On Sunday August 3, 2014, IWOSC (Independent Writers of Southern California)held a book reading called "IWOSC READS ITS OWN" at Vroman's Bookstore in Pasadena. Dan read the following excerpt from his memoir, All the Difference, about his ascent of Mt. Fuji as a teenager with his brother Chip and their amazing descent.
In the early summer of 1956, Chip and I joined the Yokosuka Naval Base teenage club to climb the highest mountain in Japan, Mount Fuji. On any clear day we could see Fujiyama ascending into the sky with snow-capped cone from my home in Kamakura and my high school at Yokohama. We wore baseball caps, warm clothing, and basketball shoes with sweat sox and brought a flashlight and canteen. The hike would last all night in freezing weather until we reached the summit at 12,388 feet.
Our youth director warned us of altitude sickness, which caused headaches, nausea, and dizziness for some climbers. We used a six feet long, hexagonal Fuji stick for assistance during the climb. Along the climb for a price in yen at each station, you could have a station stamp branded onto your stick as a sign of your achievement. Each of the ten stations along the way had resting huts that allowed climbers to pay for any time to sleep, rest, or eat meals. Five or more of these huts existed at the fifth station. A few of them served complimentary hot green tea from large kettles.
Some people took a bus up to the fifth station, but Chip and I wanted to climb from the bottom to have our Fuji stick prove we had completed the hike from the base. We slept briefly in blankets near a hibachi heated with burning coals at one of the last stations, but awoke before three in the morning on a mission to reach the top first. With sunrise only an hour and a half away, we gathered our gear and moved on rapidly.
Japanese climbers said gambatte to each other meaning, “Hang in there,” to encourage their group during the climb. The trail steepened after the eighth station, making the hike far more difficult as altitude increased. Before sunrise we reached the red Shinto Torii marking the apex of Fujisan. We gathered with other climbers to look into the huge crater with a depth of six hundred feet and circumference of 2.2 miles. Rugged rocks and debris covered the bottom of the depression created by years of erosion from wind, rain, snow, and time, and dotted the dips and crags around the slope. Coldness pierced our faces, and froze us, as the Japanese countryside spread out to the Pacific Ocean. The wind howled and blew torrents at us.
Goraiko, sunrise, slowly began. The sky brightened about a half hour before the sun emerged from a gray cloud bank surrounding Fuji. Gradually an intense, yellowish-orange radiance spread around the rising sun. The sky displayed a yellowish-orange hue slightly above. Further up the orange melted into a pinkish-orange. A brilliant scarlet pushed upwards to a scarlet purple beyond. Immediately overhead a deep dark blue tone gave way to a lighter shade. The puffy clouds resembled ducks, dragons, and sheep with their under bellies spray-painted raspberry, and their bodies scarlet-grey. Their wispy legs trailed down disappearing into the dense blue.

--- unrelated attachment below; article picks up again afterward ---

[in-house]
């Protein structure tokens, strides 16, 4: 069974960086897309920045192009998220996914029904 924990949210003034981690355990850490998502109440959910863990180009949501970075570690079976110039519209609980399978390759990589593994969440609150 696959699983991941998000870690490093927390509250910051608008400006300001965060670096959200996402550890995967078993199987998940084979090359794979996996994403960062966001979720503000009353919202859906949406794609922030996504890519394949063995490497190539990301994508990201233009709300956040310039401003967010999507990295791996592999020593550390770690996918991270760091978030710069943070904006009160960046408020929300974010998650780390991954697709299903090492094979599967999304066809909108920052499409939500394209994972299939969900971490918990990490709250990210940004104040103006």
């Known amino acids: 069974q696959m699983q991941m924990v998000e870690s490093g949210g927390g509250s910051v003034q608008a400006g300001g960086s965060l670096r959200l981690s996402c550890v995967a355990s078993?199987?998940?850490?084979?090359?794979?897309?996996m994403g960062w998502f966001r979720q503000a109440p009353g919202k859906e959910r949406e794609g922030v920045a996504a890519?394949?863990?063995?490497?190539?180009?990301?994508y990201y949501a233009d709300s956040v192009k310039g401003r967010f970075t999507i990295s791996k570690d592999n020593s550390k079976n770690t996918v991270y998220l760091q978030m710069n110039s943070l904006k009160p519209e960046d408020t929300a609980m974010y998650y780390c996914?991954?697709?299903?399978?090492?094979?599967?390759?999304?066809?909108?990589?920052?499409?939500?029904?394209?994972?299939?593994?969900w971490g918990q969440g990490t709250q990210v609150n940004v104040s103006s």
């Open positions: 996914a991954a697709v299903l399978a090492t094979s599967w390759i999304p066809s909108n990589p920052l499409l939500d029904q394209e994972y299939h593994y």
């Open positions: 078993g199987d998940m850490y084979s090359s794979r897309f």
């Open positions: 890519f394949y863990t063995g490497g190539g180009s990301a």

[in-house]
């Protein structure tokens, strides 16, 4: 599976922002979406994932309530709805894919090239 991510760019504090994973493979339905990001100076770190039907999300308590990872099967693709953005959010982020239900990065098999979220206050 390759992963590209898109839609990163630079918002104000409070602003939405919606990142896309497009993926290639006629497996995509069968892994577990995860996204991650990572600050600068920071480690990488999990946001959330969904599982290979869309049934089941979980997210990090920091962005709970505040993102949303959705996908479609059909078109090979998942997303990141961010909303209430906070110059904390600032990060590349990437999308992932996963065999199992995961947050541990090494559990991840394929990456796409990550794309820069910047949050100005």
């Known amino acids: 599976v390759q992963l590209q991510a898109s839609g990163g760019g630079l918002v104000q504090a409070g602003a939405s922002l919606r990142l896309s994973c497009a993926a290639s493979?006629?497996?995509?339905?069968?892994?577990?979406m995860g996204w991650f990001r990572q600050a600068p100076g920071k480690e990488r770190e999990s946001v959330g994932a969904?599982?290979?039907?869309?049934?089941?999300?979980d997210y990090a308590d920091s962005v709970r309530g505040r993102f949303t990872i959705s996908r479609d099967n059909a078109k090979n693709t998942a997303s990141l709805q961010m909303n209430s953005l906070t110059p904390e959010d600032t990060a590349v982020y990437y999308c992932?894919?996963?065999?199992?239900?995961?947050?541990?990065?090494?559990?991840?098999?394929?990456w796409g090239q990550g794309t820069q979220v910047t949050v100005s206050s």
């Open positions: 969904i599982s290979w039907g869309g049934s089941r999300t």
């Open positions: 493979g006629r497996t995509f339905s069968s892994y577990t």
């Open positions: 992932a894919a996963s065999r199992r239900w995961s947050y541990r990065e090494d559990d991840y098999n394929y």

The sun majestically emerged, sending a streak of light throughout the panorama like splashing clear water on a painting. No wonder my grandmother Ruthie found sunrises the most magnificent of nature’s gifts. I often took my wife and children to view the splendor of dawn’s early light because of her influence.
Chip and I walked the perimeter to find the best spot for our descent. Beginning at the seventh station running on the flexible lava, known as scree, reminded me of playing on a trampoline. A few other football players joined us as we scrambled, tumbled, and ran down the mountain in record time. We shouted for joy as we bounced up and down on the give and take of the surface, astounded by its elasticity. I tucked my head into my chest, rolled for twenty feet, and tumbled repeatedly until my body rested on the strange surface. Each piece of lava could hurt if you fell awkwardly on it and made me imagine I was on the moon.
We had traversed the volcanic sand slope in two hours!The climb up Fuji had taken us ten, which explains why exhaustion struck us so often during the punishing ascent. My eyes gazed back up the immense volcano. I hadn’t conquered that steep magnificent volcano, but had just become acquainted with Fujisan.